And with it, hay weeds fold
over, long stalks thick with
spores. I think back on frost
melt, drip of snow cascading
down the cliff, the slow bodies
of bees circulating close to
ground. It’s like a sun, a planet,
a dream of rapture caught by
mice. Everything hurdling down,
through, out the door. Handprint
in the oven. Spit curdled on the
cheek. The question was never
about what I owed. Drive far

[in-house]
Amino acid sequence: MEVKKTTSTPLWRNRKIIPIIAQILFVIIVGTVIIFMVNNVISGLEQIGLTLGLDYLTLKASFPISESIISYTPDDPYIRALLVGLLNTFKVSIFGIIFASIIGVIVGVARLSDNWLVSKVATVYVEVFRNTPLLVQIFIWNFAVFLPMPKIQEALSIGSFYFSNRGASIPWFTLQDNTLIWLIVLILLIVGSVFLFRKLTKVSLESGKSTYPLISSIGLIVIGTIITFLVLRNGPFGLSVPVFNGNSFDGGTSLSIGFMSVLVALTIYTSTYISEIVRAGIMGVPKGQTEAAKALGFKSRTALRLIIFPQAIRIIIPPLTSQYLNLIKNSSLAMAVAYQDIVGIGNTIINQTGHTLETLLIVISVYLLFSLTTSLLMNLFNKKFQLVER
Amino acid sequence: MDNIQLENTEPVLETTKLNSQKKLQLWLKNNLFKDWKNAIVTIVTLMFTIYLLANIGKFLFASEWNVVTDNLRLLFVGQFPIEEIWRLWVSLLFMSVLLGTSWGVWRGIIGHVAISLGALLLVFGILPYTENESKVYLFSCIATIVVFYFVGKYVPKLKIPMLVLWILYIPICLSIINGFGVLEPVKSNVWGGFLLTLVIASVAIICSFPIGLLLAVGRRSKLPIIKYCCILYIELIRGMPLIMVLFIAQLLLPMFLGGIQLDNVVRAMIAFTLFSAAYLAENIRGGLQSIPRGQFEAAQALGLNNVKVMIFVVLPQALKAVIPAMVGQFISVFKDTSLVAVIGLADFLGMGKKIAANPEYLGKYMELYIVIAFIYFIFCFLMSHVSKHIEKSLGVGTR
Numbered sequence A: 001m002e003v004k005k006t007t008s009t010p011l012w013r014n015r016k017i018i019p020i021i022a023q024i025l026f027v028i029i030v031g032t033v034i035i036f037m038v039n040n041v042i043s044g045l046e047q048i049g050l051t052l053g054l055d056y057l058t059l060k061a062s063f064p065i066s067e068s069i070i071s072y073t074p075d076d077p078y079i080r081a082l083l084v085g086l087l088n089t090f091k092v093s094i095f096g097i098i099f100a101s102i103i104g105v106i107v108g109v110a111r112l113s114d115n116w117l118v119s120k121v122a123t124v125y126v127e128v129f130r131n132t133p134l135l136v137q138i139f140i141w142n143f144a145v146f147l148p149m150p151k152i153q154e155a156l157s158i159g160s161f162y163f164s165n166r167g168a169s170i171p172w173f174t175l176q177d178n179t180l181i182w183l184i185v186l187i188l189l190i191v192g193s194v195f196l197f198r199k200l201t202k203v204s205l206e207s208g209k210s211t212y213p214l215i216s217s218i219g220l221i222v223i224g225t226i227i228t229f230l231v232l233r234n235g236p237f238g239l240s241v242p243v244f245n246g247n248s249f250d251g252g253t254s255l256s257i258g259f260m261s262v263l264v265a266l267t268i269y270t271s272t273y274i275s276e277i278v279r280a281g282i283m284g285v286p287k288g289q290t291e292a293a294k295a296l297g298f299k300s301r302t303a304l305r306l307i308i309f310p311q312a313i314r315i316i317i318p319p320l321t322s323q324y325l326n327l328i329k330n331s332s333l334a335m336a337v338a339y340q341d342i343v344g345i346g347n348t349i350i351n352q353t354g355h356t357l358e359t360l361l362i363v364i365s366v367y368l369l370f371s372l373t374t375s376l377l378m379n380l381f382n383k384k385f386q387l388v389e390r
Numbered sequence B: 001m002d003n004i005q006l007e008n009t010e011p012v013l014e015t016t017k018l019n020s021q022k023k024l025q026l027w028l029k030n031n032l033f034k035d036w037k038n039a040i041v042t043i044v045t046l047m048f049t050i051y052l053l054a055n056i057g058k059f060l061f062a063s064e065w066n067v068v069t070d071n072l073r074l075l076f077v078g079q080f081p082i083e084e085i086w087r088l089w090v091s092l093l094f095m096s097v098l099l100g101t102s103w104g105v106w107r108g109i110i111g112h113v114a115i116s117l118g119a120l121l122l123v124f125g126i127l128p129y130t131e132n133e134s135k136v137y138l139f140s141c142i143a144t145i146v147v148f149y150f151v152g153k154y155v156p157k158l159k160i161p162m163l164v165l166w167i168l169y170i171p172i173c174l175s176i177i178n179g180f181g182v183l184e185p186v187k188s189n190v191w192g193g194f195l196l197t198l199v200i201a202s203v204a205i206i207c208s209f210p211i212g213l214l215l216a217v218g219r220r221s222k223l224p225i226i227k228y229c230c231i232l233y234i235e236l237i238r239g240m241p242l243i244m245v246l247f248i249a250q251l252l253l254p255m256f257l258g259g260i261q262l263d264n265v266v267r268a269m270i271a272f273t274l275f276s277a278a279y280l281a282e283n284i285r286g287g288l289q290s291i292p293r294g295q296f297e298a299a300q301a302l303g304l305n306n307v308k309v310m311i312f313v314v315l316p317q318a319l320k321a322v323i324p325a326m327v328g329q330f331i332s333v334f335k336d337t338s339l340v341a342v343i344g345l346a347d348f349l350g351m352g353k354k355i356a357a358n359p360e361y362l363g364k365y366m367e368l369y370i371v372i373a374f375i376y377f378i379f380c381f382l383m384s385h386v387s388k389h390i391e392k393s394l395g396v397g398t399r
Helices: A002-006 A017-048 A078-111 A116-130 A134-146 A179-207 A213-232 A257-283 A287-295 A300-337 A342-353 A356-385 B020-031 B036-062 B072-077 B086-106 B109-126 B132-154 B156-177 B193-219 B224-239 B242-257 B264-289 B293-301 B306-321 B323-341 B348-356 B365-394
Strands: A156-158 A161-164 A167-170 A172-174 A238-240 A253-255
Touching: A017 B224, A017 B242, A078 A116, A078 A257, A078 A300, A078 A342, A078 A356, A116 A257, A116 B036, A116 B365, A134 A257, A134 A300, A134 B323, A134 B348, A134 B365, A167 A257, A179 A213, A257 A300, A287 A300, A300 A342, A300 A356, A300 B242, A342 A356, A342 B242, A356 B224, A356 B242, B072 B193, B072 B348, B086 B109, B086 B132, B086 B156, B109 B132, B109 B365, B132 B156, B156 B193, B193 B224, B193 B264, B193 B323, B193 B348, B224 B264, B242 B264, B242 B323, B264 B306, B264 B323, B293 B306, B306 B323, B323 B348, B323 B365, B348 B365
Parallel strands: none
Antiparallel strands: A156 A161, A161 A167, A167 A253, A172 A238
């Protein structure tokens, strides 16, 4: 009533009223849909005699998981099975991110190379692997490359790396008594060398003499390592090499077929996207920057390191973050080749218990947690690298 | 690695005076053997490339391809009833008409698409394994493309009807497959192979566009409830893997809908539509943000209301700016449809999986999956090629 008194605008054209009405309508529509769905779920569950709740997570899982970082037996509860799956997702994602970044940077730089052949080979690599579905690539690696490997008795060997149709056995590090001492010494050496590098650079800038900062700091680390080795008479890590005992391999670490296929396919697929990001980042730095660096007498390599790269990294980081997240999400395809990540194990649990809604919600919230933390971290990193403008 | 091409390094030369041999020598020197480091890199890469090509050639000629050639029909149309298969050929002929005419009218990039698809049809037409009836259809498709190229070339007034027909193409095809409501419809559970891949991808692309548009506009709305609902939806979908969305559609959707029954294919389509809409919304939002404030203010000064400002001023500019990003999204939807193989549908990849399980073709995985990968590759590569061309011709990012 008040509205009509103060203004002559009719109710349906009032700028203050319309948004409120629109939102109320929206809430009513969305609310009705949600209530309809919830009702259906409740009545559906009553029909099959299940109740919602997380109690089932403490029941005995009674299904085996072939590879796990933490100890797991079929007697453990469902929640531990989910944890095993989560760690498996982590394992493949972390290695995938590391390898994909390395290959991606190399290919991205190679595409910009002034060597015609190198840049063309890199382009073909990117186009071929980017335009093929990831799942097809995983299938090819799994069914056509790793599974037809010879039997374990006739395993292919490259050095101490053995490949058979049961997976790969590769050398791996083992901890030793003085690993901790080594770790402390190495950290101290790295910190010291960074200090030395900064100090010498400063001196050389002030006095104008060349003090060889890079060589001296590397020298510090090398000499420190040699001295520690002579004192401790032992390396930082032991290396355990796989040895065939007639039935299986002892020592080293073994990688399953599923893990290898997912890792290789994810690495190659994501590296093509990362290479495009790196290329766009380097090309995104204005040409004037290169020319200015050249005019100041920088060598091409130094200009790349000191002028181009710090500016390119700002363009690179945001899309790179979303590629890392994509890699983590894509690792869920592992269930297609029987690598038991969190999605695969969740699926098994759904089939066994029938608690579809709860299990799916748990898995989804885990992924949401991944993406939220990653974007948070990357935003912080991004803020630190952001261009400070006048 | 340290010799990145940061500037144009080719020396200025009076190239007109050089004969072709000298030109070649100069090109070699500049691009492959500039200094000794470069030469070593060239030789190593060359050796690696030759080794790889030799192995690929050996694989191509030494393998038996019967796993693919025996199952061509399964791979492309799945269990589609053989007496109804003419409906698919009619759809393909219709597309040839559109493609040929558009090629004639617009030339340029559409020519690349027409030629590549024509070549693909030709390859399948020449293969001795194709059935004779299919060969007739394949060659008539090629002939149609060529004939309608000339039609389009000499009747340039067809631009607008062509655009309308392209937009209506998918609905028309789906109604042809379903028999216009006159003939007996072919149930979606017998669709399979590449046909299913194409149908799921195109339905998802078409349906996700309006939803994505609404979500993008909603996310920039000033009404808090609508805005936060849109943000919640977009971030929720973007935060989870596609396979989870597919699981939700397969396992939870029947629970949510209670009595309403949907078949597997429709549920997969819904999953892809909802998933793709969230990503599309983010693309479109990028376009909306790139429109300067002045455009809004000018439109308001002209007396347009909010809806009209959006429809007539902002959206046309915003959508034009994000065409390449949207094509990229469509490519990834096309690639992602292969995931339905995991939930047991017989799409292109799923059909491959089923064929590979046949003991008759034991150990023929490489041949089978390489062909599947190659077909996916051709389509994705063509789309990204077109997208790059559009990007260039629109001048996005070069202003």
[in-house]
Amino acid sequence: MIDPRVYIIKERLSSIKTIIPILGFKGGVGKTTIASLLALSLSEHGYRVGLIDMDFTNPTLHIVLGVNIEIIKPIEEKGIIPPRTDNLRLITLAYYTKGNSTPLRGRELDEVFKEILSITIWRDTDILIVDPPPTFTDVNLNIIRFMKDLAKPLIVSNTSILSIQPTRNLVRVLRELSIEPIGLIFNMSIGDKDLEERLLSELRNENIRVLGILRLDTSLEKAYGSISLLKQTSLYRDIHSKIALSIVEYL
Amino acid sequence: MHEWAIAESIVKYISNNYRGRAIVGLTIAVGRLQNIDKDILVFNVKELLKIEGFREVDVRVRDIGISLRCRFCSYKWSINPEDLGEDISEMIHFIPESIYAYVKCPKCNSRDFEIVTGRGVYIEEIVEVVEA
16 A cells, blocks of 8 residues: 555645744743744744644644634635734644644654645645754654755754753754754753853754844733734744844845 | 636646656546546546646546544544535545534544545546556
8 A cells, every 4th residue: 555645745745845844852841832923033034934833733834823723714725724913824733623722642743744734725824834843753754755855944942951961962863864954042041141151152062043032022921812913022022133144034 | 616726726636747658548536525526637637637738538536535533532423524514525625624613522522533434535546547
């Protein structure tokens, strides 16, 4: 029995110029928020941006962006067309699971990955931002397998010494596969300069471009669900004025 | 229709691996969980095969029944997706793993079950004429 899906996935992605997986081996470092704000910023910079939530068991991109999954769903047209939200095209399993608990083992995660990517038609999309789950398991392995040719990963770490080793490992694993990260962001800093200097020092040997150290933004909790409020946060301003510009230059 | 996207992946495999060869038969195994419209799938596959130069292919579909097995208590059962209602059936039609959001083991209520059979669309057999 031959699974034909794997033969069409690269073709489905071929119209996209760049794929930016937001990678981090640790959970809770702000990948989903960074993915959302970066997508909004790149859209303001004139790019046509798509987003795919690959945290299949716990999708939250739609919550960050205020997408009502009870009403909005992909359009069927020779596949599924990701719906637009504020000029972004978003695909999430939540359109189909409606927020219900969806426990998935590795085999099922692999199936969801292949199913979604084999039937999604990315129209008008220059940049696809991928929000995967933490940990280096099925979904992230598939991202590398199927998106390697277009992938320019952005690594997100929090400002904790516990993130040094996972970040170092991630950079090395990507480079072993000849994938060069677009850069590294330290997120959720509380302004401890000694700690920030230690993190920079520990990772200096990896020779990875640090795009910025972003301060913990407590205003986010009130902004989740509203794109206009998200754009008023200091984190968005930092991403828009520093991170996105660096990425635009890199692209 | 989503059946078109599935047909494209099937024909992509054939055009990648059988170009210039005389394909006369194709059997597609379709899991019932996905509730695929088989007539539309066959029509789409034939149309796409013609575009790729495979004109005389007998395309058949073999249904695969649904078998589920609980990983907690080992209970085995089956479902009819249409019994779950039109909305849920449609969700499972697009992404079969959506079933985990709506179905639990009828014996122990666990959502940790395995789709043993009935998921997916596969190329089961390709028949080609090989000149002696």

enough and you’ll find a pond
snake shaking dew from slime
moss, lilies upturned in prayer.
The past, west-facing bark of a
birch. When I reach, the shadows
cool my skin, the soil hollows. I
set the roots on fire, but they do
not spark. Is it enough that I
tried? I know it isn’t; I know it is.
Lauren Loftis is currently an MFA student at the University of Montana. Originally from Issaquah, Washington (a suburb that is known for holding a festival to celebrate the fact that salmon come home to die), she spends a lot of time thinking about rain, trees, and coyotes.